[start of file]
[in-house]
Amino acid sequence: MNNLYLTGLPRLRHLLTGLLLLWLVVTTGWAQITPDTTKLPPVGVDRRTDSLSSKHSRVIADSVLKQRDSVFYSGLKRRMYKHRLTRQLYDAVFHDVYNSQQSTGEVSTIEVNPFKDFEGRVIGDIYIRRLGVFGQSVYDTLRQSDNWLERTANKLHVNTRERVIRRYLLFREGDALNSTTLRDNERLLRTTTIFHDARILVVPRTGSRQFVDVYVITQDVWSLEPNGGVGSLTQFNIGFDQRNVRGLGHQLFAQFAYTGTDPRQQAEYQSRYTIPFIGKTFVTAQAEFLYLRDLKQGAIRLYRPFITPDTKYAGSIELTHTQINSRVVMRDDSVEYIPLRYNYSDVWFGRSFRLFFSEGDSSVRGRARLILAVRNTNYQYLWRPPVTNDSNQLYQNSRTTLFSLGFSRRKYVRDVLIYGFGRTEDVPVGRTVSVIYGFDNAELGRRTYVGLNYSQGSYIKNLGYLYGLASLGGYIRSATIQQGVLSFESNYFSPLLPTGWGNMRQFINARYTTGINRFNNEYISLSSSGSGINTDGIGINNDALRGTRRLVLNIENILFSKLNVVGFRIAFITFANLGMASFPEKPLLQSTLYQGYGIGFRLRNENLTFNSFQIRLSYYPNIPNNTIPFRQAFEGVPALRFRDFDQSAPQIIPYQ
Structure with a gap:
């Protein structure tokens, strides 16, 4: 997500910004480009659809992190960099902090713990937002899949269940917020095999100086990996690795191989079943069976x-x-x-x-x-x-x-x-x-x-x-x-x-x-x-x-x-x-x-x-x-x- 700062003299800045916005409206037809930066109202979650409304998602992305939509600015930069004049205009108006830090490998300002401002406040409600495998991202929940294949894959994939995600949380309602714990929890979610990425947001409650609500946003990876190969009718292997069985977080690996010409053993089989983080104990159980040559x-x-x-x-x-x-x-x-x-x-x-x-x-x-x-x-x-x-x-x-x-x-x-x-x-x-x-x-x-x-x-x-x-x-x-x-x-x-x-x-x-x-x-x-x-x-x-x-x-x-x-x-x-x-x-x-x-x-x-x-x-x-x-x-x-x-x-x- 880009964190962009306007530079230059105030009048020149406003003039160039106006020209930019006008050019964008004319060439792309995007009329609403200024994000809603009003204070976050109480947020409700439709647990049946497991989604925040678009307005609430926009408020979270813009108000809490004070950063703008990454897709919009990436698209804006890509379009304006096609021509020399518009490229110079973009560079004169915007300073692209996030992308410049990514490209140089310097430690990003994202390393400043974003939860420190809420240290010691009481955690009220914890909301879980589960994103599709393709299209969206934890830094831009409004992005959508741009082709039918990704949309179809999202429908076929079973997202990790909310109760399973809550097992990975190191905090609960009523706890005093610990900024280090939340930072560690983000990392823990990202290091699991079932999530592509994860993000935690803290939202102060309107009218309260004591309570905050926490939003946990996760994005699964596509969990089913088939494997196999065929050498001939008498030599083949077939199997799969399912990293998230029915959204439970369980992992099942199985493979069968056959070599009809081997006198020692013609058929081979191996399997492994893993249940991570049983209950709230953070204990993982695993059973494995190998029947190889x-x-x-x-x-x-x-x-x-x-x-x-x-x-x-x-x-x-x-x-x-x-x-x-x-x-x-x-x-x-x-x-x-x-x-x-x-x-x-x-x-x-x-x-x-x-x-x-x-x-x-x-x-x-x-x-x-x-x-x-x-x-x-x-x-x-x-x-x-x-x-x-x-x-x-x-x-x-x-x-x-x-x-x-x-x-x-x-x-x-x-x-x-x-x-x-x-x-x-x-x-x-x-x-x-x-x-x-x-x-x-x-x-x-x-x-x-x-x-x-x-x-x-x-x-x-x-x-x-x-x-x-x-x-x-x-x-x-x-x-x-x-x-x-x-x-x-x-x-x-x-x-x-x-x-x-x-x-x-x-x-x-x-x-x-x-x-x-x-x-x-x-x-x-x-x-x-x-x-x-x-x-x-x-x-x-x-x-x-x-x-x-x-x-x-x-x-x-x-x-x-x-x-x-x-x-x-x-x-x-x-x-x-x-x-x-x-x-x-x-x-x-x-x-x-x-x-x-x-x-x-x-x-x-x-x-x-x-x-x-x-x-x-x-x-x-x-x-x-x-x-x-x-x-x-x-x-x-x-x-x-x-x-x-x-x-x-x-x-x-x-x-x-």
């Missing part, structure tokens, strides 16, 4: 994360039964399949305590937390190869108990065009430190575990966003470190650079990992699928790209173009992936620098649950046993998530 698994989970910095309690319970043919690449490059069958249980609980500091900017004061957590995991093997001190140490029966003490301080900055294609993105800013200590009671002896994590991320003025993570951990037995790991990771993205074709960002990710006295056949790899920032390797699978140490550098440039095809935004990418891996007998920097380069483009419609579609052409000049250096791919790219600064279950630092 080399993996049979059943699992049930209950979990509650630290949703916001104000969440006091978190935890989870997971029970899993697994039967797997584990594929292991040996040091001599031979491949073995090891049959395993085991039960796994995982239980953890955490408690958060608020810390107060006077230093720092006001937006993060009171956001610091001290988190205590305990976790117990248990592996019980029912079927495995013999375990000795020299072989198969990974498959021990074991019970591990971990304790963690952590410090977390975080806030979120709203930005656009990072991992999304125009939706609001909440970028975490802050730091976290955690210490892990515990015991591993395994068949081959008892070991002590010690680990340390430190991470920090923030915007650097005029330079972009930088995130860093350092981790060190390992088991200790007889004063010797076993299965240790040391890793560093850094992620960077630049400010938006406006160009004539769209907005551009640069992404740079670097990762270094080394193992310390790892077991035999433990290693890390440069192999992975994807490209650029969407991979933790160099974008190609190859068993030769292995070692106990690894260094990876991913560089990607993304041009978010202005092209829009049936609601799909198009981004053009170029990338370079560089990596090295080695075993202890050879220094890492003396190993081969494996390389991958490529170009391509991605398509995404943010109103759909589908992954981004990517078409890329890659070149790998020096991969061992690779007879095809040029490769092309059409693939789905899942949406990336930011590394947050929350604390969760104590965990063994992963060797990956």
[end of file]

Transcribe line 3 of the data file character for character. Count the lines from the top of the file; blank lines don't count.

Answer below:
Structure with a gap: